It was a dark and stormy night…oh wait, wrong story. Okay, maybe it was storming a little but it was daytime. It was 1999 and it was the last summer of college. I was taking one class and working at my university’s catering sales office. I was living at my parents’ house and commuting 38 miles each way, but often crashed at a friend’s place, who lived close to campus.
One morning I’d spent the night at the friend’s house but had car problems so I ended up having to walk to work. I had a brick-like cell phone so as I walked, I called the office to tell them I was going to be late, and to get my friend/co-worker Felicia’s sympathy for the long uphill trek. She felt sorry for me and relayed this to my boss Julia who decided to let Felicia leave and pick me up.
You’d have to understand this about where we went to college-the parking situation at the time was terrible for students. There were no parking garages, only massive parking lots on the outskirts of campus, and to get in to the center, you’d wait for a shuttle bus or take roller blades or skateboard to get yourself in. There weren’t assigned lots, just assigned lot types where, as Julia put it, the parking permit was really a hunting license. So if Felicia had a car parked in one of the yellow student lots, it would have taken her a good half hour each way just to commute to her own car.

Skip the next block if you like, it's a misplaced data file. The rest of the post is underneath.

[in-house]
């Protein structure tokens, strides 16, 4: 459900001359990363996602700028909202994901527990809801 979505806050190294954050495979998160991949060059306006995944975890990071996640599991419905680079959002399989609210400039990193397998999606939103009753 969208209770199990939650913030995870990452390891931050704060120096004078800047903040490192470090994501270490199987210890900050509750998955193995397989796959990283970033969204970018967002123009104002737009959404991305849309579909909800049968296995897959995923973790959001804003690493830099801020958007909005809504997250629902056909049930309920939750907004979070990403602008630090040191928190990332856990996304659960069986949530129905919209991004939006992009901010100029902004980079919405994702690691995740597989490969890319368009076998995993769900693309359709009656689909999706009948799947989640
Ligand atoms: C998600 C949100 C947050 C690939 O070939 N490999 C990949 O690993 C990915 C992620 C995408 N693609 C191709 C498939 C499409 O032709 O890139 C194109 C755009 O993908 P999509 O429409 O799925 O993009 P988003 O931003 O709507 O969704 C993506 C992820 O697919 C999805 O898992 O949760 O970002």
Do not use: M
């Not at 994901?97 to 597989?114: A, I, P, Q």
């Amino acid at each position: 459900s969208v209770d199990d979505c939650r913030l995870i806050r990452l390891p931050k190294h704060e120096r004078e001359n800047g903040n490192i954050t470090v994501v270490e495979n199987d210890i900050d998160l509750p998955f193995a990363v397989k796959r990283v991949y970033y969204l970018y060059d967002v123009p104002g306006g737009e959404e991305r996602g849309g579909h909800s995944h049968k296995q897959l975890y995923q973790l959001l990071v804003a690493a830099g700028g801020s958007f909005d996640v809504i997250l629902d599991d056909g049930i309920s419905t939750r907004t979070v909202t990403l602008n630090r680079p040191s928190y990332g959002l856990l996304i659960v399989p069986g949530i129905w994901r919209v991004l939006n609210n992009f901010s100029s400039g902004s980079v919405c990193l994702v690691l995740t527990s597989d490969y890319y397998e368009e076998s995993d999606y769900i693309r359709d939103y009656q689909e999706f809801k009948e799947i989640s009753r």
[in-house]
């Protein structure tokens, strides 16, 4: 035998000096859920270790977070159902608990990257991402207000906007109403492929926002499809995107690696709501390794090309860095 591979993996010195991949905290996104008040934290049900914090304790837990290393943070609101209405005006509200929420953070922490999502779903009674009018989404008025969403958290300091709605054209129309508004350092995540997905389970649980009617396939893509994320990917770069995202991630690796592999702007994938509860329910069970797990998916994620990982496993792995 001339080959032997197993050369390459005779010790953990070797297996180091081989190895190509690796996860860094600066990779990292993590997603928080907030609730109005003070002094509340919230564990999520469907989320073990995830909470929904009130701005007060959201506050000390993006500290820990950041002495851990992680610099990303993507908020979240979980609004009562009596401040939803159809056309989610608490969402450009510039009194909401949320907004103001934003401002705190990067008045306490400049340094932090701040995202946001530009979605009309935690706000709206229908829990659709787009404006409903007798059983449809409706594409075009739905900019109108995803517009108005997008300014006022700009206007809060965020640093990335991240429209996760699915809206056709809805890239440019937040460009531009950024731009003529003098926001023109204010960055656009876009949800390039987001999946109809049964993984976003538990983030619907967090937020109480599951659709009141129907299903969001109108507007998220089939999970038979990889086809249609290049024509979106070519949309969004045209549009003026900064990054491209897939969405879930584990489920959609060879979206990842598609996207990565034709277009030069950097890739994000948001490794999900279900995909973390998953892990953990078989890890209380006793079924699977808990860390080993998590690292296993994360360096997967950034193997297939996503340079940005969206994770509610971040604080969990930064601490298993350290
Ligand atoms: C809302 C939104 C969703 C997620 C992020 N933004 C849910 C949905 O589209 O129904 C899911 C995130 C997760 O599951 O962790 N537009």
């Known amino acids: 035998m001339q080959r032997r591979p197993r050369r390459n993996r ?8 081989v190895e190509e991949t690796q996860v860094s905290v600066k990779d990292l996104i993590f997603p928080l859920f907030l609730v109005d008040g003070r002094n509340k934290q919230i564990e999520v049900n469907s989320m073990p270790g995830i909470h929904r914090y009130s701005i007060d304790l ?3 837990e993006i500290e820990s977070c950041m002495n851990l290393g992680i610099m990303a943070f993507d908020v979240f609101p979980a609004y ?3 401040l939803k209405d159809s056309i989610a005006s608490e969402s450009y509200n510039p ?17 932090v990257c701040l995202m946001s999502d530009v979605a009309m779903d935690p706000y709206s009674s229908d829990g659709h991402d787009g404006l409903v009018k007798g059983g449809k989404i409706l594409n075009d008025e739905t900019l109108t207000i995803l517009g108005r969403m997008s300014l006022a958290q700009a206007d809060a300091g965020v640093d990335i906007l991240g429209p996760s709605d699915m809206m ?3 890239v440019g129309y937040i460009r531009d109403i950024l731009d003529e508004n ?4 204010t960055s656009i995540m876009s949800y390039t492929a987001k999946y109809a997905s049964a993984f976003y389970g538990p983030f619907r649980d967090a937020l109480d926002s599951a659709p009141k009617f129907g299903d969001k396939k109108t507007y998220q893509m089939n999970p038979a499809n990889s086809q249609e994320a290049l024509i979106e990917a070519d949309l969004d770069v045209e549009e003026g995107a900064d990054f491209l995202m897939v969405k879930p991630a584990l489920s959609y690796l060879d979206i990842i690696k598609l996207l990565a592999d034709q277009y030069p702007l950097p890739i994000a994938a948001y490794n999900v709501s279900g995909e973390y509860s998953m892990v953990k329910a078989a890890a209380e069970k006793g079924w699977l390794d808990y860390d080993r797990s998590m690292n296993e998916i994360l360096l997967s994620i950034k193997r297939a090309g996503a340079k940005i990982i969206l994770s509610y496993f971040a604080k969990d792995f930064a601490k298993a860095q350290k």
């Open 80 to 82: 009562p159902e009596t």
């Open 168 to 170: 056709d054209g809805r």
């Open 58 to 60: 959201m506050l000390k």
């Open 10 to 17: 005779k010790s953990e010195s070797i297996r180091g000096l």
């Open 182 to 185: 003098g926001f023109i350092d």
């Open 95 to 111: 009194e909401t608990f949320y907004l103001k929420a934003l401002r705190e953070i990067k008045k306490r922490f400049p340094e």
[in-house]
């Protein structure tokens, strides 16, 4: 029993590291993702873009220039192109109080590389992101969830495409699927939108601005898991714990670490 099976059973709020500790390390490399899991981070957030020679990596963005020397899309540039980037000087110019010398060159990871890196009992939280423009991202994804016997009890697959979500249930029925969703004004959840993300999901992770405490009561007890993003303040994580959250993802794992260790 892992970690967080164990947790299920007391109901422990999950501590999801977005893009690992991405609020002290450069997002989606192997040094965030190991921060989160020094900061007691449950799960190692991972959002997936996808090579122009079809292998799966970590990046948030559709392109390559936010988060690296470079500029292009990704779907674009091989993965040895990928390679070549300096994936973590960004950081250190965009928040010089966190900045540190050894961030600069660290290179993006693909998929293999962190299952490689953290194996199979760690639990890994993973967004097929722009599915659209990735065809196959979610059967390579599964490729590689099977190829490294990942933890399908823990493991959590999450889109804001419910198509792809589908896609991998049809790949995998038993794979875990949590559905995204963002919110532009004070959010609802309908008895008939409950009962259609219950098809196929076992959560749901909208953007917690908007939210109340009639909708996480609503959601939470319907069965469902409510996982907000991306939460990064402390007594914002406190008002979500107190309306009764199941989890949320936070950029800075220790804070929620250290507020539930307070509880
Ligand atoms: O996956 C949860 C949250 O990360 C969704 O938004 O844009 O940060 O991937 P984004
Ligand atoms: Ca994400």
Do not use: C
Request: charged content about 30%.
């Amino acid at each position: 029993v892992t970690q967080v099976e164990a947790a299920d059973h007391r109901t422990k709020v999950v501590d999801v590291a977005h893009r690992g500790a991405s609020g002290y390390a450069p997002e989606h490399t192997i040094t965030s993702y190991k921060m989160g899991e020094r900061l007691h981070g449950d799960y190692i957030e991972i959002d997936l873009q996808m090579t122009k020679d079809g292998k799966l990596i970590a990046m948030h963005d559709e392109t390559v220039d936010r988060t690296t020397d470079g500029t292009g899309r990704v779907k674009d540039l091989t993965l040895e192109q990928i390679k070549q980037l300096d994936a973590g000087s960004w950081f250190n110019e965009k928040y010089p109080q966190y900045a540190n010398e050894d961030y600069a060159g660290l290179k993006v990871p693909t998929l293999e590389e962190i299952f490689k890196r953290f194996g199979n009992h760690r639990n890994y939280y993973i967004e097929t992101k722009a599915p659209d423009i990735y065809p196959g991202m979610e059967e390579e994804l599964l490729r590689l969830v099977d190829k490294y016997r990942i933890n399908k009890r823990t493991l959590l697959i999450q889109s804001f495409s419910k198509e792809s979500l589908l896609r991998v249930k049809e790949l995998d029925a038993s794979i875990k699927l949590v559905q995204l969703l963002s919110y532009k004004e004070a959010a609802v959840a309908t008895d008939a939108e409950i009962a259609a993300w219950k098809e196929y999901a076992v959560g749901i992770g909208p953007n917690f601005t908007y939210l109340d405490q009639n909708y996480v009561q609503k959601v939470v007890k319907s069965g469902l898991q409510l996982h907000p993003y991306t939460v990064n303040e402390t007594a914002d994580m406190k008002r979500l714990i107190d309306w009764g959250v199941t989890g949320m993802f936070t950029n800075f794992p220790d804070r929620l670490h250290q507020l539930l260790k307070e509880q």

Instead, Julia tossed her the keys and told her to use her white Dodge parked in the green lot nearby.
A few minutes later, a car that I didn’t recognize pulled up next to me as I walked. Felicia rolled down the window and told me to get in. I was happy to see her but somewhat surprised at the vehicle-an old Dodge hatchback.
“Whose car did you borrow?”, I asked.
“Julia’s! Isn’t she nice, she lent me her car to come get you!”
“Really? Because I thought Julia had a Dodge caravan.” I looked around the interior of this Dodge hatchback with its piles of papers and fast food wrapper. Julia came from a family of interior designers and she did event catering for a living. Her car was kept pretty clean and I couldn’t imagine her wolfing down Big Macs on the way to work.
“Well maybe it’s Karl’s car.” Karl was her teenaged son. His father was a chef. He may have been a secret slob and fast food fan but somehow I didn’t think so. I glanced at the piles of papers on the floor and saw an envelope addressed to the phone company with strange name written on the return address.
“Um, Felicia?” It dawned on both of us at once that we were somehow in a stranger’s car. The key to Julia’s Dodge Caravan somehow fit in this hatchback’s lock. We then attempted to return the hatchback to the green parking lot but by then the space it came from was taken by another car, so Felicia had to park in an adjacent lot.
We ran upstairs to check with Julia, in case this was really her car. She got a very puzzled look on her face and told us that no, she had only the Caravan. We ran back outside to the parking space the hatchback had come from, to find one worried looking grad student and 5 UC policemen scratching their heads.
Felicia meekly approached. “Um, I think I can explain…”
The grad student was so relieved to have her car safely back and the police got a good laugh out of it. But they did tell us that, had they spotted the car in motion, protocol would have been to arrest us at gunpoint and take us directly to Los Calinas Women’s Detention Center.
And that, my friends, is the story of how I almost got arrested for grand theft auto!
Haven’t told that story in a few years but every time I do, other people seem to have stories of keys fitting more than one lock. What’s yours?